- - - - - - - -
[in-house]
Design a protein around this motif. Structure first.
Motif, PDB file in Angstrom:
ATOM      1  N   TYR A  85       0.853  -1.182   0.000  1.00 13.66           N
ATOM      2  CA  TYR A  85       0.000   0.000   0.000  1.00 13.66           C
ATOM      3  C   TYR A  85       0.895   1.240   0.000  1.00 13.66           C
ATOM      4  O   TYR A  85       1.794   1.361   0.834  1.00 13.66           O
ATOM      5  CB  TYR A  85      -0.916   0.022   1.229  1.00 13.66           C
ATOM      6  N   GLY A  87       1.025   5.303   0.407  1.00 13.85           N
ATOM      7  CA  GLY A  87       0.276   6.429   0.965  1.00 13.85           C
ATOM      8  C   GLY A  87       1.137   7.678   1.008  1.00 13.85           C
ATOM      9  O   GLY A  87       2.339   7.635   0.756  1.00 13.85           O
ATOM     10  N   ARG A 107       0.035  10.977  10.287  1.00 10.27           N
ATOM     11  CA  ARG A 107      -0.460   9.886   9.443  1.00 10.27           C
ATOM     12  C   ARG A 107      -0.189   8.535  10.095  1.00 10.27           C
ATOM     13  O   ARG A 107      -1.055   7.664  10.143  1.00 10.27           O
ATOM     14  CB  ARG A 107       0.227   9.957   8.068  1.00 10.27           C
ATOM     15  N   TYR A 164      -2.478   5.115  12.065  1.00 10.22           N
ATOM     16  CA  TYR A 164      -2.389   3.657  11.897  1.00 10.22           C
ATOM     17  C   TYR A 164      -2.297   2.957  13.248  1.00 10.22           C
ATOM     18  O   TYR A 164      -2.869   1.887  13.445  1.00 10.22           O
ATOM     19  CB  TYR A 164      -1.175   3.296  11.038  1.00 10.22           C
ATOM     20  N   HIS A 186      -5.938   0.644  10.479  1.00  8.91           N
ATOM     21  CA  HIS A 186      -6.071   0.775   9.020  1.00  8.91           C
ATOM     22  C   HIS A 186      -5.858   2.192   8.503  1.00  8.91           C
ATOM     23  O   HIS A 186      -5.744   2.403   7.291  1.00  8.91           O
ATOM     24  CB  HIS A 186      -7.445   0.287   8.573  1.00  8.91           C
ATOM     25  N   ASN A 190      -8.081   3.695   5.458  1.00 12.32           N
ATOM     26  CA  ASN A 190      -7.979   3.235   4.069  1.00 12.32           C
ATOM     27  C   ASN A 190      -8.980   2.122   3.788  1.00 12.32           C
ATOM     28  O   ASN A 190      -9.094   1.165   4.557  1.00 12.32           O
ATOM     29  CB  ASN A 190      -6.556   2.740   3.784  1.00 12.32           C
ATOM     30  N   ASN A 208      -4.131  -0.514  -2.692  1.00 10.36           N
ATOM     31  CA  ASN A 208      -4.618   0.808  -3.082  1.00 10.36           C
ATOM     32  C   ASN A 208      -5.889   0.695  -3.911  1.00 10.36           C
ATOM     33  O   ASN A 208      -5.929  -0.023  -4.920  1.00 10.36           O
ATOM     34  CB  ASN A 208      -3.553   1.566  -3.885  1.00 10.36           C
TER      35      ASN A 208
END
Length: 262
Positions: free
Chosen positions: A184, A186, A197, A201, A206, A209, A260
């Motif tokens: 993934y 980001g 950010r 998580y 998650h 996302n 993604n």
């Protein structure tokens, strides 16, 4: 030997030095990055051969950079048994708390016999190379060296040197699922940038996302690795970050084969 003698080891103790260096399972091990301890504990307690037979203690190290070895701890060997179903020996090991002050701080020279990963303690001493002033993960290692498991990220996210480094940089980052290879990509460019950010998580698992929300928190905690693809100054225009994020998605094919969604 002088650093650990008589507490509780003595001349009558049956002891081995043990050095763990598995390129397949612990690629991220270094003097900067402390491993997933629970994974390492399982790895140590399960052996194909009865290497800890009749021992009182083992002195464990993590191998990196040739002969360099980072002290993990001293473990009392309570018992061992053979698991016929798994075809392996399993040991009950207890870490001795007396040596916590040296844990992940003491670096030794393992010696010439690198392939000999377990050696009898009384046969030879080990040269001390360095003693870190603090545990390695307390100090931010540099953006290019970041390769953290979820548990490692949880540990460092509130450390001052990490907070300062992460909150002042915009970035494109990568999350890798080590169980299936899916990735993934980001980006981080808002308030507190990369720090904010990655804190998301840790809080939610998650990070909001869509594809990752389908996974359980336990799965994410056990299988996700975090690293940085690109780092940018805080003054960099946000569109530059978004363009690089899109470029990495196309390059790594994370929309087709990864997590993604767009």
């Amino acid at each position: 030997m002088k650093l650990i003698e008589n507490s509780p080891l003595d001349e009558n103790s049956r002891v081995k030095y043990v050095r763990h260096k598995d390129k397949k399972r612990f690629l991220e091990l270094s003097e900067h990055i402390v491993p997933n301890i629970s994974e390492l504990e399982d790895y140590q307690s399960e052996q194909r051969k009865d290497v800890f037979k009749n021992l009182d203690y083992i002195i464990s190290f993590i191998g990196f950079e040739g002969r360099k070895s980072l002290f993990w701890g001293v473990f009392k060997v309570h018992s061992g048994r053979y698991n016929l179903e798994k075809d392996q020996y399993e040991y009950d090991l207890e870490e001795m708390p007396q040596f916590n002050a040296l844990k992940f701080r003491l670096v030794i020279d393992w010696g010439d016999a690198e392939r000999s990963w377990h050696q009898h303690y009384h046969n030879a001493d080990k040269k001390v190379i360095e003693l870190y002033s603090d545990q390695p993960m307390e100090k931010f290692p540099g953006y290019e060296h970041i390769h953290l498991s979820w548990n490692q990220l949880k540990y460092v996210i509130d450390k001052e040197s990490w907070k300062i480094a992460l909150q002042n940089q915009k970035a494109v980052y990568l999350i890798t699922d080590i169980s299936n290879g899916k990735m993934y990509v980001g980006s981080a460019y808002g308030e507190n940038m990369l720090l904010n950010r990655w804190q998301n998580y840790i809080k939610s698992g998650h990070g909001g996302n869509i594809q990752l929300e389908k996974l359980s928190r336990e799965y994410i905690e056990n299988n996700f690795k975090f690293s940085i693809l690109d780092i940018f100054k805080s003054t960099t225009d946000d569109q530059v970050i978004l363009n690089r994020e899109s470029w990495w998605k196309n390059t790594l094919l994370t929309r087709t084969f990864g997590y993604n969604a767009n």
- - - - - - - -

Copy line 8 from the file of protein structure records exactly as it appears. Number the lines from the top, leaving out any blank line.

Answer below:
ATOM      5  CB  TYR A  85      -0.916   0.022   1.229  1.00 13.66           C